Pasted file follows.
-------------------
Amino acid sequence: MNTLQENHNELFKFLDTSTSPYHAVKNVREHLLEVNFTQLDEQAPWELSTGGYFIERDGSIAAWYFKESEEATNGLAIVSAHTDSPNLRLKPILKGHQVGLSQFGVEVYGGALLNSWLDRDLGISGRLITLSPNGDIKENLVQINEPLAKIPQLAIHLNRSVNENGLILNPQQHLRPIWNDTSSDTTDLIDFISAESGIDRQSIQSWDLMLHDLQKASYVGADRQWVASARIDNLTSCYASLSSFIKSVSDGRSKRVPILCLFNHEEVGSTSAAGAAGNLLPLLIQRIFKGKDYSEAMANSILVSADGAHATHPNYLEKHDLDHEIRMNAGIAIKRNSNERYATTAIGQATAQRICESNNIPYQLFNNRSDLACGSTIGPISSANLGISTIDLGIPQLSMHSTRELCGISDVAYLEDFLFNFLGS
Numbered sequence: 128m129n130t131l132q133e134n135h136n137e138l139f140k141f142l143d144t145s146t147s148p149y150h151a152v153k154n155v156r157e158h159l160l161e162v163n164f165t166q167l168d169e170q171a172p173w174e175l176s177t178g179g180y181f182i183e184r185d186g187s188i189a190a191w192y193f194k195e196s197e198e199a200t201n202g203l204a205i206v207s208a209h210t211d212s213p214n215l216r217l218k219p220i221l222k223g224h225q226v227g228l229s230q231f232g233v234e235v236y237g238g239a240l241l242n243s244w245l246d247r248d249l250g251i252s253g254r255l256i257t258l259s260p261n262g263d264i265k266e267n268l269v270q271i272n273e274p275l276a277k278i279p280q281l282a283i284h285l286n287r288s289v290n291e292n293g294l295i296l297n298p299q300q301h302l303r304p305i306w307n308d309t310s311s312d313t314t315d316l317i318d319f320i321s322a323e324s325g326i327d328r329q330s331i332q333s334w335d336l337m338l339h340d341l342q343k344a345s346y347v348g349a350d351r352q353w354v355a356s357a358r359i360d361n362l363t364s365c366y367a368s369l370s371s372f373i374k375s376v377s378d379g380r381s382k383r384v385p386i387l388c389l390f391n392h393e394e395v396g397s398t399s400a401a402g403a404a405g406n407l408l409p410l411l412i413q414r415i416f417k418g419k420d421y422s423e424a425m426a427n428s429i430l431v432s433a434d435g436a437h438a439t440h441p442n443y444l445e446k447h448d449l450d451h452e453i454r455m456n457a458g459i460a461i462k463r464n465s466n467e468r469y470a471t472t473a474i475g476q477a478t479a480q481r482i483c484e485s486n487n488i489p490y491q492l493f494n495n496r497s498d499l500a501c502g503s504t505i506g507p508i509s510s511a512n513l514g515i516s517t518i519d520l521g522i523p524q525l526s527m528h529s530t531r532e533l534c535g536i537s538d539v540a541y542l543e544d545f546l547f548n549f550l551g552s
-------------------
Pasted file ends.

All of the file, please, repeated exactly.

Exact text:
Amino acid sequence: MNTLQENHNELFKFLDTSTSPYHAVKNVREHLLEVNFTQLDEQAPWELSTGGYFIERDGSIAAWYFKESEEATNGLAIVSAHTDSPNLRLKPILKGHQVGLSQFGVEVYGGALLNSWLDRDLGISGRLITLSPNGDIKENLVQINEPLAKIPQLAIHLNRSVNENGLILNPQQHLRPIWNDTSSDTTDLIDFISAESGIDRQSIQSWDLMLHDLQKASYVGADRQWVASARIDNLTSCYASLSSFIKSVSDGRSKRVPILCLFNHEEVGSTSAAGAAGNLLPLLIQRIFKGKDYSEAMANSILVSADGAHATHPNYLEKHDLDHEIRMNAGIAIKRNSNERYATTAIGQATAQRICESNNIPYQLFNNRSDLACGSTIGPISSANLGISTIDLGIPQLSMHSTRELCGISDVAYLEDFLFNFLGS
Numbered sequence: 128m129n130t131l132q133e134n135h136n137e138l139f140k141f142l143d144t145s146t147s148p149y150h151a152v153k154n155v156r157e158h159l160l161e162v163n164f165t166q167l168d169e170q171a172p173w174e175l176s177t178g179g180y181f182i183e184r185d186g187s188i189a190a191w192y193f194k195e196s197e198e199a200t201n202g203l204a205i206v207s208a209h210t211d212s213p214n215l216r217l218k219p220i221l222k223g224h225q226v227g228l229s230q231f232g233v234e235v236y237g238g239a240l241l242n243s244w245l246d247r248d249l250g251i252s253g254r255l256i257t258l259s260p261n262g263d264i265k266e267n268l269v270q271i272n273e274p275l276a277k278i279p280q281l282a283i284h285l286n287r288s289v290n291e292n293g294l295i296l297n298p299q300q301h302l303r304p305i306w307n308d309t310s311s312d313t314t315d316l317i318d319f320i321s322a323e324s325g326i327d328r329q330s331i332q333s334w335d336l337m338l339h340d341l342q343k344a345s346y347v348g349a350d351r352q353w354v355a356s357a358r359i360d361n362l363t364s365c366y367a368s369l370s371s372f373i374k375s376v377s378d379g380r381s382k383r384v385p386i387l388c389l390f391n392h393e394e395v396g397s398t399s400a401a402g403a404a405g406n407l408l409p410l411l412i413q414r415i416f417k418g419k420d421y422s423e424a425m426a427n428s429i430l431v432s433a434d435g436a437h438a439t440h441p442n443y444l445e446k447h448d449l450d451h452e453i454r455m456n457a458g459i460a461i462k463r464n465s466n467e468r469y470a471t472t473a474i475g476q477a478t479a480q481r482i483c484e485s486n487n488i489p490y491q492l493f494n495n496r497s498d499l500a501c502g503s504t505i506g507p508i509s510s511a512n513l514g515i516s517t518i519d520l521g522i523p524q525l526s527m528h529s530t531r532e533l534c535g536i537s538d539v540a541y542l543e544d545f546l547f548n549f550l551g552s